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How to pick the best photo editor for your life

Lesa Snider | Dec. 12, 2014
Browsing the App Store for new photo-editing software can be overwhelming. There are dozens of image editors, and it's difficult to tell which is the right one for your needs.

Price: $10/month with Adobe Creative Cloud Photography program or $50/month for full Creative Cloud subscription.

Adobe Photoshop Elements

Powerful yet user-friendly, this consumer-level editor is a scaled down version of Photoshop. Its three editing modes — Quick, Guided, and Expert — can accommodate any skill level (Guided mode includes step-by-step instructions for many practical tasks.) Elements also lets you create prints, books, cards, and calendars (though the templates are lame), Facebook cover images, etc. and easily share images via email and social media sites. Its database component, the Elements Organizer, lets you import and organize images, as well as edit photos non-destructively — it doesn't store edit requests, it merely lets you save multiple versions of the same image and tracks the copies. Elements supports layers and layer masks, and includes tools that you can use to remove and reposition objects, though it miraculously includes Photoshop's powerful Refine Edge dialog box for selecting hair and fur. (It also includes a scaled-down version of the Adobe Camera Raw plug-in.)

On the downside, Elements only supports RGB color mode, it doesn't let you access individual color channels, or edit 16-bit files. You can create text, though formatting options are extremely limited, and while you can create vector-based art using its shape tools, you can't edit points and paths, nor is there a Pen tool that you can draw freehand with. Elements includes many Photoshop filters, including the powerful Liquify for extreme pixel pushing and subject reshaping, but lacks the Blur Gallery and the ability to use Smart Filters.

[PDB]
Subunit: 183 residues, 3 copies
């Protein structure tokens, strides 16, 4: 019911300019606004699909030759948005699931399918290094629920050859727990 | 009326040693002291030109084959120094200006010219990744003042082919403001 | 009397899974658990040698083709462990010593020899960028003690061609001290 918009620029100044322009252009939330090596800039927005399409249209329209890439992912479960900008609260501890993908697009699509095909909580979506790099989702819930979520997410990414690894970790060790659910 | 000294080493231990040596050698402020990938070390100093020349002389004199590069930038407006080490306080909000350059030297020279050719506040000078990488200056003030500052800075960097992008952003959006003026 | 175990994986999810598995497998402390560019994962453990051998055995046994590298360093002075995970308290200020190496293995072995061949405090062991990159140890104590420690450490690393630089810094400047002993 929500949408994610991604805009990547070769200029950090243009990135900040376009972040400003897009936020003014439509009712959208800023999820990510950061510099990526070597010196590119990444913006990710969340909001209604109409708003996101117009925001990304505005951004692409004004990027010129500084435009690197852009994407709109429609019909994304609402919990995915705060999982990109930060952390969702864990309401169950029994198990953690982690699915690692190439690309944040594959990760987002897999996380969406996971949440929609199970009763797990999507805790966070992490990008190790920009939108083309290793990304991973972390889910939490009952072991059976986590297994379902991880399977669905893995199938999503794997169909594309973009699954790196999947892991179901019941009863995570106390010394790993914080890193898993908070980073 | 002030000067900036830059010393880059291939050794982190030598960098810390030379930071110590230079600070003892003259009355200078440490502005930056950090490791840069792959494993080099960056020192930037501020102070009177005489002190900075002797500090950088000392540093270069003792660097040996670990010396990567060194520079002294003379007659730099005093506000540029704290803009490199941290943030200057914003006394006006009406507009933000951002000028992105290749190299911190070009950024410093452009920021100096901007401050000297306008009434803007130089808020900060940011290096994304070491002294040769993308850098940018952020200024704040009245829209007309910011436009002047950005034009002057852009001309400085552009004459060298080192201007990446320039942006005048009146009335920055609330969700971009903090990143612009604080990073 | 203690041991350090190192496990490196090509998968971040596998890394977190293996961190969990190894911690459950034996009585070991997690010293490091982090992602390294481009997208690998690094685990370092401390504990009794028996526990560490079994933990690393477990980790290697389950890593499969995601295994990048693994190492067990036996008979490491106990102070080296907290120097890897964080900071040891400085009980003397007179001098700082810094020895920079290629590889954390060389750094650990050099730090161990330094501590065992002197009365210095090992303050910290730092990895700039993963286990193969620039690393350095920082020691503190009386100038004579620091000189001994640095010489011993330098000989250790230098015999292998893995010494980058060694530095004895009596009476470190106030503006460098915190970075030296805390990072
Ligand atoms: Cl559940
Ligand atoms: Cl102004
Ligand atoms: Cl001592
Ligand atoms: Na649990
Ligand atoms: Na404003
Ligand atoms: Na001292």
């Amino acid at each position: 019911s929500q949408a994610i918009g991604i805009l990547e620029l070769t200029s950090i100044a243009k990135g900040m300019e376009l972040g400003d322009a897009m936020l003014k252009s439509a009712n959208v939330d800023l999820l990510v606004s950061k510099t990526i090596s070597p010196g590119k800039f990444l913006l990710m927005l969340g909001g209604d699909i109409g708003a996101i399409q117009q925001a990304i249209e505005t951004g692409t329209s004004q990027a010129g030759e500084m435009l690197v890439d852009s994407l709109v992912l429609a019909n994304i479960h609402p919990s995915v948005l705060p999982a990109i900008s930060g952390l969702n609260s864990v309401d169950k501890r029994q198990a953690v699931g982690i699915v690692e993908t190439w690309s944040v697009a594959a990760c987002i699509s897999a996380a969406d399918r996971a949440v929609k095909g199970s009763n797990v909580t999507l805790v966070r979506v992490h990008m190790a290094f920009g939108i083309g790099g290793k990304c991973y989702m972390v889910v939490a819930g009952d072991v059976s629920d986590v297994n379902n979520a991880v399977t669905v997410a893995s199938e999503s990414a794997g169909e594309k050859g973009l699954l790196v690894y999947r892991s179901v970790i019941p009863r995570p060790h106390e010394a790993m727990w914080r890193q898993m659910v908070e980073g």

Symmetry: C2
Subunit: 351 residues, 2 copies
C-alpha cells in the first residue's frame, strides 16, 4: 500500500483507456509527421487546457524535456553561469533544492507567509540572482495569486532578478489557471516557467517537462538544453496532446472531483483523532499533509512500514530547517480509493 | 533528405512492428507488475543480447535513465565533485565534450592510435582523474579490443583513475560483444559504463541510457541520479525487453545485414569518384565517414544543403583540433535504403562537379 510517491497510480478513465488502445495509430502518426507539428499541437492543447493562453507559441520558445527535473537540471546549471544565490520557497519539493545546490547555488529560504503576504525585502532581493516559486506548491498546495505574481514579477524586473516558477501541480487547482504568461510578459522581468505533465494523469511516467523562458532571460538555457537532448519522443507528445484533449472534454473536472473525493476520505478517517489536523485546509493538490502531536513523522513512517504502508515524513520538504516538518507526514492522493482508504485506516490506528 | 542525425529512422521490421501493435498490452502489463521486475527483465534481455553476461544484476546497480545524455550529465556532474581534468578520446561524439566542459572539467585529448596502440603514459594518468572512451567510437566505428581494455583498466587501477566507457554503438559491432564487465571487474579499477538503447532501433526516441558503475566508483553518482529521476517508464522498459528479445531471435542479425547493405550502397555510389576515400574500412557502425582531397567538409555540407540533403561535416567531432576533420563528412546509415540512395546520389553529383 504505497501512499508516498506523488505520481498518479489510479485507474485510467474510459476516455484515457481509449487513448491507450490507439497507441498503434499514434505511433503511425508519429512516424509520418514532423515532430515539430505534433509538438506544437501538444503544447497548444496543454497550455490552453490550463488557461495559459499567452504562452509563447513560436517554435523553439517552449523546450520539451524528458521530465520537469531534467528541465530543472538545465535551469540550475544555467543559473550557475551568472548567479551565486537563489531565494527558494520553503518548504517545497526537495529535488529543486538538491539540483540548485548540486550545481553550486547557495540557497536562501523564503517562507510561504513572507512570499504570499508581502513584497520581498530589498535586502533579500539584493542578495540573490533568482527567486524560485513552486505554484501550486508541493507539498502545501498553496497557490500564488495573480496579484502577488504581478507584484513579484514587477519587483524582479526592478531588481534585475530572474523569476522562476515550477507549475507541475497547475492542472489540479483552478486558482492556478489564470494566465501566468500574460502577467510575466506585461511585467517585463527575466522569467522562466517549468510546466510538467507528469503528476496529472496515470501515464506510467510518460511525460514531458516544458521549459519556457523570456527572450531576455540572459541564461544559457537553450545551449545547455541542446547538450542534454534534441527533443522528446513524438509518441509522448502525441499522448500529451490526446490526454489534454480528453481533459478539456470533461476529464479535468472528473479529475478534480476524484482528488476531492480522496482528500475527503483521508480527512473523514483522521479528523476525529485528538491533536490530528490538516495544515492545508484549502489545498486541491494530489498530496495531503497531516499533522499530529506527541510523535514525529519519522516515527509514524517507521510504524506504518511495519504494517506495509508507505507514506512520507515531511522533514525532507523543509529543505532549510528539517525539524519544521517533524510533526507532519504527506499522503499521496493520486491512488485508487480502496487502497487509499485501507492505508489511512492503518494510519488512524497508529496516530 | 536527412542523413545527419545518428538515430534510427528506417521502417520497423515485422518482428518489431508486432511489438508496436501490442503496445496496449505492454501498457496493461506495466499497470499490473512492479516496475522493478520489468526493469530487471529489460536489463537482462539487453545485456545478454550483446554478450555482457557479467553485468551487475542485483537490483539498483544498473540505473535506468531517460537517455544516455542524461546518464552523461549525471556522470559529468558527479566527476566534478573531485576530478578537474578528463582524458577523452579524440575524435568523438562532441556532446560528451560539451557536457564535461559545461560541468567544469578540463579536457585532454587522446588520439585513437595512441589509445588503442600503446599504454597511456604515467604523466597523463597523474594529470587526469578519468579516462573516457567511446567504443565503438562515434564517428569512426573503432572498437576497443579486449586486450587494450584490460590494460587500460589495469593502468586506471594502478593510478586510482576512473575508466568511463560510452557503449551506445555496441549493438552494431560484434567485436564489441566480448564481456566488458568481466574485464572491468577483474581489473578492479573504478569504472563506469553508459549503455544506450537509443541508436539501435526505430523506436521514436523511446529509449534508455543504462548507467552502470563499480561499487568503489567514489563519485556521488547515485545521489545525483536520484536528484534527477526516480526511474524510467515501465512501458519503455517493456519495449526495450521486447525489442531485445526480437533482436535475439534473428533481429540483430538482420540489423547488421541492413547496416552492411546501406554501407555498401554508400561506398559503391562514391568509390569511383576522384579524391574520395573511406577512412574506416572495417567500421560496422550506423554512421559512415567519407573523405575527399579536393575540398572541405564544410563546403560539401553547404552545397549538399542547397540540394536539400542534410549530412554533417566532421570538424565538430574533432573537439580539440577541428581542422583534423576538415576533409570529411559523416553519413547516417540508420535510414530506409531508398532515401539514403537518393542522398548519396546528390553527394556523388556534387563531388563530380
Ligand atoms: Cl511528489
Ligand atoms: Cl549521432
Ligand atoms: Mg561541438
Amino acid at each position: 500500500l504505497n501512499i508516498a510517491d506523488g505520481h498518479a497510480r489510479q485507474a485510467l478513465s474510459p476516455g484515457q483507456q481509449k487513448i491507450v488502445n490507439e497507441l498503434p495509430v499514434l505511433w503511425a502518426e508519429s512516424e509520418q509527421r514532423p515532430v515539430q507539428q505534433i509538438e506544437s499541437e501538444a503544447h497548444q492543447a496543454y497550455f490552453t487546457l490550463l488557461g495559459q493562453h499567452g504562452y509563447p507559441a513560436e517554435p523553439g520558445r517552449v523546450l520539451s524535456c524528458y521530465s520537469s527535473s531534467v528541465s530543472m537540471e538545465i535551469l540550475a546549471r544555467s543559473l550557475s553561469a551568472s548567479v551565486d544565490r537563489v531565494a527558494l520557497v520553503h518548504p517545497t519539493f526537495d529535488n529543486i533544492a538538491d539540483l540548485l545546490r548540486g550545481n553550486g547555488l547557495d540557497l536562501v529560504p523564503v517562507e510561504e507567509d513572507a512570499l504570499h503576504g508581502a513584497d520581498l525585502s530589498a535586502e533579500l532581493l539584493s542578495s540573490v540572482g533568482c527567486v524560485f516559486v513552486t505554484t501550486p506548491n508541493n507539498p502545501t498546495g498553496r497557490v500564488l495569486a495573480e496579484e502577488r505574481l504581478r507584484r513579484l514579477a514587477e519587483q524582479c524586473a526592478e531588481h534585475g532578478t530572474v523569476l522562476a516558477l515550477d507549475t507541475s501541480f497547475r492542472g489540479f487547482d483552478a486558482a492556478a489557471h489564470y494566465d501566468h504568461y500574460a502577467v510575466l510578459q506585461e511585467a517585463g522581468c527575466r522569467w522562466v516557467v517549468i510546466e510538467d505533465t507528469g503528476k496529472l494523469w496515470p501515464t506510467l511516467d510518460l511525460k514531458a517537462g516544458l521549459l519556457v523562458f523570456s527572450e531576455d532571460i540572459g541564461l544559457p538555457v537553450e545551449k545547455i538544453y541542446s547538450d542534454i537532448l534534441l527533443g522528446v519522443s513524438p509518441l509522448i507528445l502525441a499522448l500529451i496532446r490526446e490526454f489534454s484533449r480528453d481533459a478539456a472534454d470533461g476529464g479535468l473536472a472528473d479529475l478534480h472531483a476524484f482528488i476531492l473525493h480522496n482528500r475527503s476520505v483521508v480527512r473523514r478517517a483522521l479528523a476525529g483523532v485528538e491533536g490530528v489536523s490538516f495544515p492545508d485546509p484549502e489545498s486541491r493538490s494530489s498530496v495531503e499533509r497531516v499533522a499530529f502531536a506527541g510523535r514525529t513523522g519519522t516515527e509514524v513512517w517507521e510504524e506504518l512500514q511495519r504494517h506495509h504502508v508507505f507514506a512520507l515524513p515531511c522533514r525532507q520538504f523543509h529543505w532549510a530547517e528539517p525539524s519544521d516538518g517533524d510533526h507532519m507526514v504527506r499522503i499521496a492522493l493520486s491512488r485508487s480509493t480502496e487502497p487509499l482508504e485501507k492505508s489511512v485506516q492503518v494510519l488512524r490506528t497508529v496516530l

Price: $100 for perpetual license; not part of the Adobe Creative Cloud.


Pixelmator is a nice alternative to both Photoshop and Elements, as it has similar functionality but no database component. It doesn't support CMYK mode (save through soft-proofing) though it does work in ProPhoto RGB and sRGB, it supports 8- and 16-bit editing, layers, and layer masks. You can push a photo through text and create selections (though it doesn't have anything like the Refine Edge dialog box to help you select hair or fur). You can correct exposure and color (it has both Levels and Curves adjustments), draw vector-based art by freehand (you can edit the individual points and paths, too), create text (with limited formatting), and perform some pixel-pushing through Warp, Bump, and Pinch tools. You can also remove and duplicate objects, apply a slew of preset effects (think filters), create paintings, and easily share images via email or social media sites.

Price: $30; $10 for the iPad version.

As you can see, there are many image editors to choose from depending on your needs. If you're into scrapbooking, try Photoshop Elements or Pixelmator. Engineers, high-end retouchers, restoration artists, web professionals, fine-artists and die-hard graphics gurus need Photoshop CC. Everyone else may be best served by embracing Lightroom (or Apple's forthcoming Photos app) as their organizational, image improvement, and project creation tool. Lastly, everyone should keep an eye on Mylio, as it just might be the photo management tool of our dreams. Until next time, may the creative force be with you all.


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